HUMUS: What is it, How to Make it

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Humus is nothing more than soil particularly rich in nutrients that are easily assimilated by the plant immediately. It is a true concentrate of elements such as carbon, nitrogen, iron, phosphorus, calcium and manganese, which are essential for the thriving and healthy growth of vegetation. Furthermore, by increasing the water retention capacity of the soil, humus makes it even more fertile.

Biologically, humus acts as a source of energy for the development of microorganisms; without microorganisms humus would not exist, and finally without humus, life on our planet as we know would not be possible. Microorganisms are mainly responsible for the formation of humus from plant waste, producing it continuously through the decomposition and transformation of organic matter into minerals.

The role of microorganisms in the cycle of organic matter in the soil, as well as in nature, is simply indispensable. Without the transformation of animal and plant remains into humus, all the essential elements would remain trapped in these “dead” organisms, without being able to go back to being reused.

It’s a fact that the use of industrial fertilizers, in addition to being polluting and expensive, has further negative aspects. High quantities can damage and burn the roots of plants, and even leading to their death. In the opposite case where the quantities used are scarce, the ecological damage remains, without a real benefit for the development of plants.

As for the use of humus, however, there are no real negative consequences of any kind. Being an element naturally present in nature, there cannot be a problem of dosage, the plants will always and only absorb the elements they need.

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There are different types of humus in nature, but in this article we will focus on earthworm humus, or humus that derives from organic matter decomposed through the digestive process of worms.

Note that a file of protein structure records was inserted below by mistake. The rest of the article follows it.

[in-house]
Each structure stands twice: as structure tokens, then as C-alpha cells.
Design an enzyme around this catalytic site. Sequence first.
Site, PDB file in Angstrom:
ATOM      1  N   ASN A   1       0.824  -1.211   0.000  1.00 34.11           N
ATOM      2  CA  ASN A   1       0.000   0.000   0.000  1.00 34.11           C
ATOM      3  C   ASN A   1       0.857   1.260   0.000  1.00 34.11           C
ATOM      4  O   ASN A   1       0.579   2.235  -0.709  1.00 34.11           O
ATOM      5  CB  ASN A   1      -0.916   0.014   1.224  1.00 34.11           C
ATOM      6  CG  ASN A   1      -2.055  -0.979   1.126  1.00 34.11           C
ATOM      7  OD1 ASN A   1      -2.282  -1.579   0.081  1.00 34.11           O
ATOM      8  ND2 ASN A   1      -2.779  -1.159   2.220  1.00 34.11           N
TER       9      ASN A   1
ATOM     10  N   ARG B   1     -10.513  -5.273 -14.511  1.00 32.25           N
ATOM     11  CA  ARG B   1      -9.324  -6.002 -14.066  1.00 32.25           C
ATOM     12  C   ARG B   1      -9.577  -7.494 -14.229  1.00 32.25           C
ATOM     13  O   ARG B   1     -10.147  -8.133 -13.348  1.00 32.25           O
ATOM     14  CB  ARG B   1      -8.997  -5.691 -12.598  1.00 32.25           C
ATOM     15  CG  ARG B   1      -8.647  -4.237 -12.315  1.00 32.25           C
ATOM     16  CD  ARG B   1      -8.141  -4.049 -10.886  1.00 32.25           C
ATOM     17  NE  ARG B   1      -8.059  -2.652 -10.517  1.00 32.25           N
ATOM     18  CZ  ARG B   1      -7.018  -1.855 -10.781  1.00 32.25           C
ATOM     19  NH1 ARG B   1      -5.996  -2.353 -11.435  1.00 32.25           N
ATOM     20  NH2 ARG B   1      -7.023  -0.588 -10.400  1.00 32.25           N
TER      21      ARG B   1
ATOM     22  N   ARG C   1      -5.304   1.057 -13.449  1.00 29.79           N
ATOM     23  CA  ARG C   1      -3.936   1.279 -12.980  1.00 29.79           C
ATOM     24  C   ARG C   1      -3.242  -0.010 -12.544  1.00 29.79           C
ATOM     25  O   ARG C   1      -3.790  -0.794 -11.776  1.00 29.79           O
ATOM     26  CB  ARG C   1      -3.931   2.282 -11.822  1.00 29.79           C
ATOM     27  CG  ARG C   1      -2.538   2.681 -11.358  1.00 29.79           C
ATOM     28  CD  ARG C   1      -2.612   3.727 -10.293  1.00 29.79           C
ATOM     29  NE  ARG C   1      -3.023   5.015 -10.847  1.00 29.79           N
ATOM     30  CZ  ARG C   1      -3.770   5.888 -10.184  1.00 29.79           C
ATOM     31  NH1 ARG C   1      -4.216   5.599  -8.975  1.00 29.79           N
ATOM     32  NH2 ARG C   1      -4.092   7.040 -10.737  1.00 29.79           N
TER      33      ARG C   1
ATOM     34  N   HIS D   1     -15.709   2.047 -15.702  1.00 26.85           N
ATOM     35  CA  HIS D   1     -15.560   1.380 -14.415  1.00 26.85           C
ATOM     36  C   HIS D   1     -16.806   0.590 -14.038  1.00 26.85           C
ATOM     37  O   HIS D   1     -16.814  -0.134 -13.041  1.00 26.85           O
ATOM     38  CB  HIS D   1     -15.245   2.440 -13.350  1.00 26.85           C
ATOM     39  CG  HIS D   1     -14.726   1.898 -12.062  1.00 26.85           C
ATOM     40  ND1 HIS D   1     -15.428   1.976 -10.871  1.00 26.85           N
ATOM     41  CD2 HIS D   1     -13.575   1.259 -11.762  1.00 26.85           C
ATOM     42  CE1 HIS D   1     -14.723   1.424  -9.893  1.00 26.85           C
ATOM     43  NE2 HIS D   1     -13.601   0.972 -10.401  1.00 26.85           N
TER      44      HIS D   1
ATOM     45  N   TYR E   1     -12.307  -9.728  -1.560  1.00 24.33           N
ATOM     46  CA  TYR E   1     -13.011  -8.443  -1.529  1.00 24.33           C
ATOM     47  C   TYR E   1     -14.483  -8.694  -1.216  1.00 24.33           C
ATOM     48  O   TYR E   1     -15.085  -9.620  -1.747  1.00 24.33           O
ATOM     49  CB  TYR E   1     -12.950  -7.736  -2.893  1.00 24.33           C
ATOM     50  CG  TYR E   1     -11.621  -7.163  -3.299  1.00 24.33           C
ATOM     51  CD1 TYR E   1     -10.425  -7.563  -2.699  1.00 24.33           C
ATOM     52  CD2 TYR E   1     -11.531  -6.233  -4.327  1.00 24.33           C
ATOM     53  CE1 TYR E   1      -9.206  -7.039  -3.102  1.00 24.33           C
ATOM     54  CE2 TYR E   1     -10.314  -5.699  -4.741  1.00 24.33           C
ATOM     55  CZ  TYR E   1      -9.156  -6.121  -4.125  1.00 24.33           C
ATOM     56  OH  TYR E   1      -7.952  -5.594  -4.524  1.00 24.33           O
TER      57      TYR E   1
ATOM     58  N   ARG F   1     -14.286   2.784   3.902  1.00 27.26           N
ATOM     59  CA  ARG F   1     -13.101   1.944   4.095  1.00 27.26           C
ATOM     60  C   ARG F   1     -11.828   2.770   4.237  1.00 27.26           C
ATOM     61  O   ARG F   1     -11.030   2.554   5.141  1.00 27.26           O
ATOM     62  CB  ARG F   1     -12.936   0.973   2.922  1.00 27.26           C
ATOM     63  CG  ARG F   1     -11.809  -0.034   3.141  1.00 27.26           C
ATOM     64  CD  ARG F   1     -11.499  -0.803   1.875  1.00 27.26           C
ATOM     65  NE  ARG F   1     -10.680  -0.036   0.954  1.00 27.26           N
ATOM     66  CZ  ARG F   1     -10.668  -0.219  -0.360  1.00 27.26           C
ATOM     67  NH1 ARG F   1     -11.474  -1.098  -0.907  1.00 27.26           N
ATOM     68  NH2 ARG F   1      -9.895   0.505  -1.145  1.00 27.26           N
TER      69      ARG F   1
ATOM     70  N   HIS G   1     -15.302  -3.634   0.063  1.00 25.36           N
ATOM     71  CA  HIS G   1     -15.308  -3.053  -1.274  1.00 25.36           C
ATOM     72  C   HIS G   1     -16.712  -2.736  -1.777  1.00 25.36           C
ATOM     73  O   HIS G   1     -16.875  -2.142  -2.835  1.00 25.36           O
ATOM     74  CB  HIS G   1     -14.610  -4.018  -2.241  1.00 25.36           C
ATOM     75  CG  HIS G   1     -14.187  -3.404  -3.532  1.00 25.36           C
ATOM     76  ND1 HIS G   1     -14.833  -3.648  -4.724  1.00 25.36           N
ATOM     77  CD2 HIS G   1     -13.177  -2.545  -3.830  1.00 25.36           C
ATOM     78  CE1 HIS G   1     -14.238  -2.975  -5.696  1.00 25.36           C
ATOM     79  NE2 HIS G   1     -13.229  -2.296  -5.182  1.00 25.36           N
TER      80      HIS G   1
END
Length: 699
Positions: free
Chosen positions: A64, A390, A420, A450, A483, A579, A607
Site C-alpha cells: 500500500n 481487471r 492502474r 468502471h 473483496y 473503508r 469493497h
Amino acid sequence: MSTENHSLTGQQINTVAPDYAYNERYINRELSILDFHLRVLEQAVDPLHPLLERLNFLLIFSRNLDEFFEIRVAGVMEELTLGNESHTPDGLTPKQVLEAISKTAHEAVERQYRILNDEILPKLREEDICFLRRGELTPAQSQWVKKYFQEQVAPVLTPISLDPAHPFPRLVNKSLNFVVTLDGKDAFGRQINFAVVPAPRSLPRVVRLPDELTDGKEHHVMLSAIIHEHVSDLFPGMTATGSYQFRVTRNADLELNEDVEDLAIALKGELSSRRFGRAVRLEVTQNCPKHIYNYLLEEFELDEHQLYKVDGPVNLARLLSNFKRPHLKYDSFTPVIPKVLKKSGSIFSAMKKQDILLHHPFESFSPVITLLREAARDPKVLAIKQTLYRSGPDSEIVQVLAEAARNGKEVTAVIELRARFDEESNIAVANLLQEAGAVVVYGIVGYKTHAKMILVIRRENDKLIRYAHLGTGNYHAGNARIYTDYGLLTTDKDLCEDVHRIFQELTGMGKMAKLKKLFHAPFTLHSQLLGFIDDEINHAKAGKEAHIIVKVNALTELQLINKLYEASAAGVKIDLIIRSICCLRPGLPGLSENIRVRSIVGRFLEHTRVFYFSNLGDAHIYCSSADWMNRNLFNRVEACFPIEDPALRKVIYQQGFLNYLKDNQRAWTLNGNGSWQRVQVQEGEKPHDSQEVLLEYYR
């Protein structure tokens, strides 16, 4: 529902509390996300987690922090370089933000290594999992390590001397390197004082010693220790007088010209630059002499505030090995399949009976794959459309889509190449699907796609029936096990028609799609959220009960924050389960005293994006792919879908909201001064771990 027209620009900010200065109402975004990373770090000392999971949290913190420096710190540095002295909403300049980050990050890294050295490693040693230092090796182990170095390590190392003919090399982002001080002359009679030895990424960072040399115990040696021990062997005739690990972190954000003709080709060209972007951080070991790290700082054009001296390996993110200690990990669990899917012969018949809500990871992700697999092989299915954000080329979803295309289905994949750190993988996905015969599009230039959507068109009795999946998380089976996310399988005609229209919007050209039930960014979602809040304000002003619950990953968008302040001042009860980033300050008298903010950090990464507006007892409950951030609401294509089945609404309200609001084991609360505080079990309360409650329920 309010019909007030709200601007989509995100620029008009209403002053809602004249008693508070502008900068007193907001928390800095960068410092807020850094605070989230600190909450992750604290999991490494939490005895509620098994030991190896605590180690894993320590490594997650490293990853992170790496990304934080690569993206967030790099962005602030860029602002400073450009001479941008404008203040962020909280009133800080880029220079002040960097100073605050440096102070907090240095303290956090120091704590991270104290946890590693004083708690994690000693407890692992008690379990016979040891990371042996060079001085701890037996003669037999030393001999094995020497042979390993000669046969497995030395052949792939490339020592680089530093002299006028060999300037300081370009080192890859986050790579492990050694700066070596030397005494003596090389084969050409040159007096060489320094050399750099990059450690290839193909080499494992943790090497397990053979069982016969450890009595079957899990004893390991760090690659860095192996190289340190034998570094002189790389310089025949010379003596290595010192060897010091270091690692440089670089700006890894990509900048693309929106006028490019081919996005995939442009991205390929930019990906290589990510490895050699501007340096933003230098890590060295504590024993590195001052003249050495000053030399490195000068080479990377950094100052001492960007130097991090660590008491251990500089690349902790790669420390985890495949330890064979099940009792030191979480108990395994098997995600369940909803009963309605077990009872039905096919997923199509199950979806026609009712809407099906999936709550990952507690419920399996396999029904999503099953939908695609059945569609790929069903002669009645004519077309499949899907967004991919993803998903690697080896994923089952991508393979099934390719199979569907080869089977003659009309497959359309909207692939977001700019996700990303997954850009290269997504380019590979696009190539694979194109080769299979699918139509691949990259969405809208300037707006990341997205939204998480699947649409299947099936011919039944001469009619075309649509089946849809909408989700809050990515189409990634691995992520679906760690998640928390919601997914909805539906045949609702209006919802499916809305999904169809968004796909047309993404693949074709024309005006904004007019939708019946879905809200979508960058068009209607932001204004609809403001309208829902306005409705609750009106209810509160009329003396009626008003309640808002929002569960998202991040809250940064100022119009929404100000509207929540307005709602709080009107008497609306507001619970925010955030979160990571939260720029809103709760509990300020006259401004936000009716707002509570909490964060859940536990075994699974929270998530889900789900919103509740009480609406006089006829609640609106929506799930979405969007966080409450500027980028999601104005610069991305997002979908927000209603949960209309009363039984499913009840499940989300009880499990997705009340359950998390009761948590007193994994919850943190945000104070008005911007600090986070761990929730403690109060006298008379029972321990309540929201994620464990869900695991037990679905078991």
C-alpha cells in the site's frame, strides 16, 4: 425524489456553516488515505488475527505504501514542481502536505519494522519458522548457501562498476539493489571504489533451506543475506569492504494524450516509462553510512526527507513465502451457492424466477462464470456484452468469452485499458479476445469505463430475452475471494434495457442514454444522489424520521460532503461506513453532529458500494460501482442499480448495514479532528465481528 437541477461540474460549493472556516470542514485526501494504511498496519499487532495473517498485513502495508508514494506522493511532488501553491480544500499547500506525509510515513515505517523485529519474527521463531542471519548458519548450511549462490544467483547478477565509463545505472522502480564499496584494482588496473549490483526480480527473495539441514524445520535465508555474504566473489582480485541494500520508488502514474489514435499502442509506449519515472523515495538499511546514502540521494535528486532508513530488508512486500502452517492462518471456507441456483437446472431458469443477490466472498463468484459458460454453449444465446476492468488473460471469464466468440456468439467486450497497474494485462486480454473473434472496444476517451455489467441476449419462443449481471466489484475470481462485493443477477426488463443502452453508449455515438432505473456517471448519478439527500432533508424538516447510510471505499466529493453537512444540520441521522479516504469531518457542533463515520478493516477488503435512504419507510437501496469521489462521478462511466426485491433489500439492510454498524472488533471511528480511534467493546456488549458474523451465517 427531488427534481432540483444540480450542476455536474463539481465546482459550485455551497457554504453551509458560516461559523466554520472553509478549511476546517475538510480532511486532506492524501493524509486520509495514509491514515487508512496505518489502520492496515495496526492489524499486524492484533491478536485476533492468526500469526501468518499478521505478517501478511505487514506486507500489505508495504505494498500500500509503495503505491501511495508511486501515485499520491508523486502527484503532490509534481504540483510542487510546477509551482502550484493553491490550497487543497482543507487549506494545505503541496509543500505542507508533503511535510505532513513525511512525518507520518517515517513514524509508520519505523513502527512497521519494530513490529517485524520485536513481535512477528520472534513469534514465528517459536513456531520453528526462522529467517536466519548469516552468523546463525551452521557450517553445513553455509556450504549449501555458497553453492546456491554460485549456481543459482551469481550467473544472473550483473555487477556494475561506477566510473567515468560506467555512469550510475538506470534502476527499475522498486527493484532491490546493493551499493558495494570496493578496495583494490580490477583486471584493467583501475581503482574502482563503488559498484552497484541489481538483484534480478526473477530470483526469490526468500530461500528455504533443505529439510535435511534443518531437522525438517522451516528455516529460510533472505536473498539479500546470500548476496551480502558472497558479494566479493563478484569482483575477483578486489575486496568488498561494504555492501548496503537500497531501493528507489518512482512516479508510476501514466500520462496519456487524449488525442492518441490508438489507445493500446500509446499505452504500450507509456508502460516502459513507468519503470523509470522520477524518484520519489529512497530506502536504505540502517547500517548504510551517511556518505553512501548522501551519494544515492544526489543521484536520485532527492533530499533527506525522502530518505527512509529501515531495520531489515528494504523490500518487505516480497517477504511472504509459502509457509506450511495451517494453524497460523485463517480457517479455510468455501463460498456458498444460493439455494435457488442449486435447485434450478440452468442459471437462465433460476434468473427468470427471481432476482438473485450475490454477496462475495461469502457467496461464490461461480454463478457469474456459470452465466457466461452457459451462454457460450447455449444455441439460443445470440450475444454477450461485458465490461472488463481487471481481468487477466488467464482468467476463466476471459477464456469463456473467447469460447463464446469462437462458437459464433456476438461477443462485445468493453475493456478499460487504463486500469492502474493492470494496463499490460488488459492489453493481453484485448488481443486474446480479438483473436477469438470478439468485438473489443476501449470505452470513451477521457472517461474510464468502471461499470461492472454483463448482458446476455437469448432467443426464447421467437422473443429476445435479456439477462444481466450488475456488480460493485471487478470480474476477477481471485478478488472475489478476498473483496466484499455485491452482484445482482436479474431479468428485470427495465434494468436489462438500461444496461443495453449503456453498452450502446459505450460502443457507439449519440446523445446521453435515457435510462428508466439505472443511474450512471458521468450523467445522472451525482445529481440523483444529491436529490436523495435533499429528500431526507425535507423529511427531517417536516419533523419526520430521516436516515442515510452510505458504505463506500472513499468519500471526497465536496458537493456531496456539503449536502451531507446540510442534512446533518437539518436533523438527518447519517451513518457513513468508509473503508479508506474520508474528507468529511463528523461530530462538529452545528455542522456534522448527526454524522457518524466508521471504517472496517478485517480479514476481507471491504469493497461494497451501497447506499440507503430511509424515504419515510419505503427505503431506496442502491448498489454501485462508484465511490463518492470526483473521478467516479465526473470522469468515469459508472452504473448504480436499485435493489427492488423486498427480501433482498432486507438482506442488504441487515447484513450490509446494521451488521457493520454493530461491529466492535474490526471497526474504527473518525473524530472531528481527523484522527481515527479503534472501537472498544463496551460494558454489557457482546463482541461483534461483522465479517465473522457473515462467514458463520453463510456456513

These animals, digging tunnels in the ground, plow it naturally, while ingesting the organic residues present, they  decompose and transform it into compounds that are easier to assimilate. Earthworms produce a by-product which is further broken down by various microorganisms present in the soil, becoming humus. They simply facilitate the work of microorganisms by breaking down organic matter into smaller pieces.

Find out more on this topic in the article: “Basic guide to worm composting“.

Through composting it’s possible to transform most domestic organic waste into a very rich humus. The advantage of this practice is the reduction of the amount of waste produced destined for landfill, actively contributing to reducing the consequent emission of greenhouse gases into the atmosphere. The first real advantage is for the environment to which we belong, the second is to obtain an ecological, effective and economical fertilizer for our garden and for our beloved plants.

Learn more about how to organize your home composting in the articles “What not to throw in the compost bin“, “How to introduce waste in the compost“, “The importance of moisture levels in the compost bin

Soil contamination by heavy metals is a major concern for human health that is being talked about more and more. Increasing amounts of chromium, arsenic, mercury, cadmium and lead are detected in the soil, inevitably contaminating the aquifers.

The intensive use of pesticides and industrial fertilizers are one of the causes of the increase in the presence of these metals harmful to life on our planet. The process that occurs during the production of earthworm humus is currently considered the most effective feasible method to reduce soil contamination, according to scholars and researchers.Earth Worm Castings – Compost Soil Amendment – 1 Gallon – 6 Lbs

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